Mitchell v. Great American Indemnity Co., 87 F. Supp. 961 (W.D. La. 1950)
January 27, 1950
MITCHELL et al.
GREAT AMERICAN INDEMNITY CO.
United States District Court W. D. Louisiana, Monroe Division.
Hargrove, Guyton, Van Hook & Hargrove, Booth, Lockard & Jack, Shreveport, Louisiana, for plaintiffs.
Garrett & Pleasant, Shreveport, Louisiana, for defendant.
DAWKINS, Chief Judge.
Plaintiff sued in tort for injuries to himself and on behalf of his four minor daughters alleged to have been caused in a collision of motor vehicles. Defendant has excepted to the jurisdiction ratione materiae insofar as the claim on behalf of the minor, Barbara Jane, ten years of age, is concerned, contending that, on its face, the complaint discloses that the injuries could not possibly have amounted to as much as $3000.
The original petition as to this claim alleges:
"The third oldest child, Barbara Jane Mitchell, age 10, sustained the following injuries:
"a. Contusion and bruise of left shoulder.
"b. Severe blow on back of head.
"She suffered considerable pain but all of her injuries have apparently healed and she has no scars.""Barbara Jane for pain and suffering ........... $5,000.00"
After the plea to the jurisdiction was filed, counsel for plaintiff submitted an amendment alleging as follows:
"Barbara Jane sustained a severe hematoma of the scalp on the occipital region. She sustained a badly strained shoulder. She was forced to take tetanus anti-toxin. She was hospitalized for several days. She was unable to go to school for a period of three or four weeks. On August 24, 1949, ten months after the accident, the hematoma *962 and lump on her head were still there, visible and caused some pain from time to time. She suffered intense pain over a period of months from her strained shoulder and her nervous system was badly upset over a period of months."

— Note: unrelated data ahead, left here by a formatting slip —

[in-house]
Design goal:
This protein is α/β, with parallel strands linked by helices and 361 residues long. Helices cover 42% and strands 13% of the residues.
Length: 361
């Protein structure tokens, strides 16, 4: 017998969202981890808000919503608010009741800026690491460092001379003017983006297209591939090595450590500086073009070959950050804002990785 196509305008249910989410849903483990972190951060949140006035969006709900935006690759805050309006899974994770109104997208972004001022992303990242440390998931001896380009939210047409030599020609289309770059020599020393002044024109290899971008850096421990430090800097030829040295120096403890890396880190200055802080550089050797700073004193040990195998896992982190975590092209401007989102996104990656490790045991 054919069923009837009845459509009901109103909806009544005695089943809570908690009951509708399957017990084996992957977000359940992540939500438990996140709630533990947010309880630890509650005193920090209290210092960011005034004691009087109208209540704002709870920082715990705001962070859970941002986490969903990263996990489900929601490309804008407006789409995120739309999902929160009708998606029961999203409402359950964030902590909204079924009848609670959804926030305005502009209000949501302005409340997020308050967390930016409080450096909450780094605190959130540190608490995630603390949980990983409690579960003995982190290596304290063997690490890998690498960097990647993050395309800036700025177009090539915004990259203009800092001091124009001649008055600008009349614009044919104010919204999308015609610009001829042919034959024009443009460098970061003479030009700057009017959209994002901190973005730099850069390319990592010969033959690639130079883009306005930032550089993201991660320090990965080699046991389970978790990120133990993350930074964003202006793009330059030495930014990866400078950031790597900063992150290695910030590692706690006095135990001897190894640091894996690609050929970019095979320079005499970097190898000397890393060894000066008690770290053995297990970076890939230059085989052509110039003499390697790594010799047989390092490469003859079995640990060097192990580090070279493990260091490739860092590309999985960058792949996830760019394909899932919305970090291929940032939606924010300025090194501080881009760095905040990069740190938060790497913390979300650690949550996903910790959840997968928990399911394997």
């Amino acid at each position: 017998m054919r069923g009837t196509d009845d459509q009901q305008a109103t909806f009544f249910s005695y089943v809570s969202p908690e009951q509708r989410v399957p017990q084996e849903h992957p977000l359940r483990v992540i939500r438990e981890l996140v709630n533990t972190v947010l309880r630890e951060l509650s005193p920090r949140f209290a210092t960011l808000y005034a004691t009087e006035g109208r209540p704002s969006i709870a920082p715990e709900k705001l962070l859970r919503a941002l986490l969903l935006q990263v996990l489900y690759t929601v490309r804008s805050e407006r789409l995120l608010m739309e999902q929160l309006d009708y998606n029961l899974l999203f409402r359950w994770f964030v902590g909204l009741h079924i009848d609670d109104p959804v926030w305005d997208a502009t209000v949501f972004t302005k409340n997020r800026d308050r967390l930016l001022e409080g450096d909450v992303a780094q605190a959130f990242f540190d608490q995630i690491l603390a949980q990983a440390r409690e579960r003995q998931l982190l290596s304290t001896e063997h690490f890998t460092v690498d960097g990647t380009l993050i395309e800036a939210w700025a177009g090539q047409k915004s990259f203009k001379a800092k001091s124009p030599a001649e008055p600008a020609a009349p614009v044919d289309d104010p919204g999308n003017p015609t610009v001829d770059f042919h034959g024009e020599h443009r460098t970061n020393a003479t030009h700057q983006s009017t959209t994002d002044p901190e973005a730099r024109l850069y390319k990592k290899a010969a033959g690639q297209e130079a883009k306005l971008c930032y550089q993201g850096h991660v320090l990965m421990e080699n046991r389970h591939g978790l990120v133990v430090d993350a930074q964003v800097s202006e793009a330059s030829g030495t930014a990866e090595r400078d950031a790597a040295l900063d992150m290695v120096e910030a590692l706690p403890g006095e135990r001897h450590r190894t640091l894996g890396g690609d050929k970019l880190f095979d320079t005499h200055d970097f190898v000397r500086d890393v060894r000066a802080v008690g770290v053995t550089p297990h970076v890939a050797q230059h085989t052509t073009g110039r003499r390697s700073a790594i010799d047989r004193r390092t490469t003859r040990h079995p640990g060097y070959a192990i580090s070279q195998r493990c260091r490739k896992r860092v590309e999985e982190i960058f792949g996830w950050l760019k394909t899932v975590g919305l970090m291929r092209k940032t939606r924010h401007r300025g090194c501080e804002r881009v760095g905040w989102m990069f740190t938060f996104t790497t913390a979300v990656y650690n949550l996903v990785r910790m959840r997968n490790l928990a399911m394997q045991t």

The first question is as to whether these articles of the original and amended bills, presumably made in good faith, make certain that, in no event, could there be recovered in excess of $3000, the minimum jurisdiction of this court. At first blush there appears inconsistency between the allegations of the complaint and the amendment. However, it would be possible for the "injuries (to) have apparently healed and she has no scars" and there still be a "hema-toma and lump on her head * * * visible on August 24, 1949 * * * ten months after the accident * * *." It is further alleged in the amendment that the "lump on her head * * * caused some pain from time to time. She suffered intense pain over a period of months from her sprained shoulder and her nervous system was badly upset over a period of months." Hema-toma is defined by Webster as "a tumor or swelling containing blood." It is not possible to put an exact value upon pain and suffering, especially if it be "intense," and the "nervous system was (be) badly upset over a period of months." Therefore, for the purposes of this plea, the court will accept the allegation as to the alleged amount of damages, but if, on the trial, it should be found that this amount was deliberately inflated and the amount claimed could not possibly be recovered, then, at that time, the court will still have the power to dismiss the claim and tax the costs incurred in asserting it against the plaintiff.
The amount claimed must, as to the father and each of his daughters separately, amount to more than $3000. Pinel v. Pinel, 240 U.S. 594, 36 S. Ct. 416, 60 L. Ed. 817; Diepen et al. v. Fernow et al., D.C., 1 F.R.D. 378; Edelhertz v. Matlack et al., D.C., 42 F. Supp. 309.
The motion to dismiss is denied at this time.